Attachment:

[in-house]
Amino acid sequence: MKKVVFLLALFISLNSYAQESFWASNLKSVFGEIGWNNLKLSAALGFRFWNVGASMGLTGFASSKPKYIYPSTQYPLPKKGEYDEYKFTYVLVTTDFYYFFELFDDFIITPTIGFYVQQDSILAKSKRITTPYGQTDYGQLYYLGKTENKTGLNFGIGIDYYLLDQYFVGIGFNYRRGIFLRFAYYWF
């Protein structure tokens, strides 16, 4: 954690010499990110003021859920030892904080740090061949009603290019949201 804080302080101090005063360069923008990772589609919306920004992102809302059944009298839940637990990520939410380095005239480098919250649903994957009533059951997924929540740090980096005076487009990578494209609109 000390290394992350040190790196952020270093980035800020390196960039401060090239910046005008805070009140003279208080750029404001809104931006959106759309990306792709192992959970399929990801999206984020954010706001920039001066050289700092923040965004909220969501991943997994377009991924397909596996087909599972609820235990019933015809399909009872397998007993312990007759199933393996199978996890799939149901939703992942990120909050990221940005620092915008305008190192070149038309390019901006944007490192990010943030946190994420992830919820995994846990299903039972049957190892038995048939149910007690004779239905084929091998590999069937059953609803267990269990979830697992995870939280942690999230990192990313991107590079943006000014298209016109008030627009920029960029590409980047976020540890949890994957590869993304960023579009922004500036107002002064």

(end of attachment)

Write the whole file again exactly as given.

[in-house]
Amino acid sequence: MKKVVFLLALFISLNSYAQESFWASNLKSVFGEIGWNNLKLSAALGFRFWNVGASMGLTGFASSKPKYIYPSTQYPLPKKGEYDEYKFTYVLVTTDFYYFFELFDDFIITPTIGFYVQQDSILAKSKRITTPYGQTDYGQLYYLGKTENKTGLNFGIGIDYYLLDQYFVGIGFNYRRGIFLRFAYYWF
């Protein structure tokens, strides 16, 4: 954690010499990110003021859920030892904080740090061949009603290019949201 804080302080101090005063360069923008990772589609919306920004992102809302059944009298839940637990990520939410380095005239480098919250649903994957009533059951997924929540740090980096005076487009990578494209609109 000390290394992350040190790196952020270093980035800020390196960039401060090239910046005008805070009140003279208080750029404001809104931006959106759309990306792709192992959970399929990801999206984020954010706001920039001066050289700092923040965004909220969501991943997994377009991924397909596996087909599972609820235990019933015809399909009872397998007993312990007759199933393996199978996890799939149901939703992942990120909050990221940005620092915008305008190192070149038309390019901006944007490192990010943030946190994420992830919820995994846990299903039972049957190892038995048939149910007690004779239905084929091998590999069937059953609803267990269990979830697992995870939280942690999230990192990313991107590079943006000014298209016109008030627009920029960029590409980047976020540890949890994957590869993304960023579009922004500036107002002064």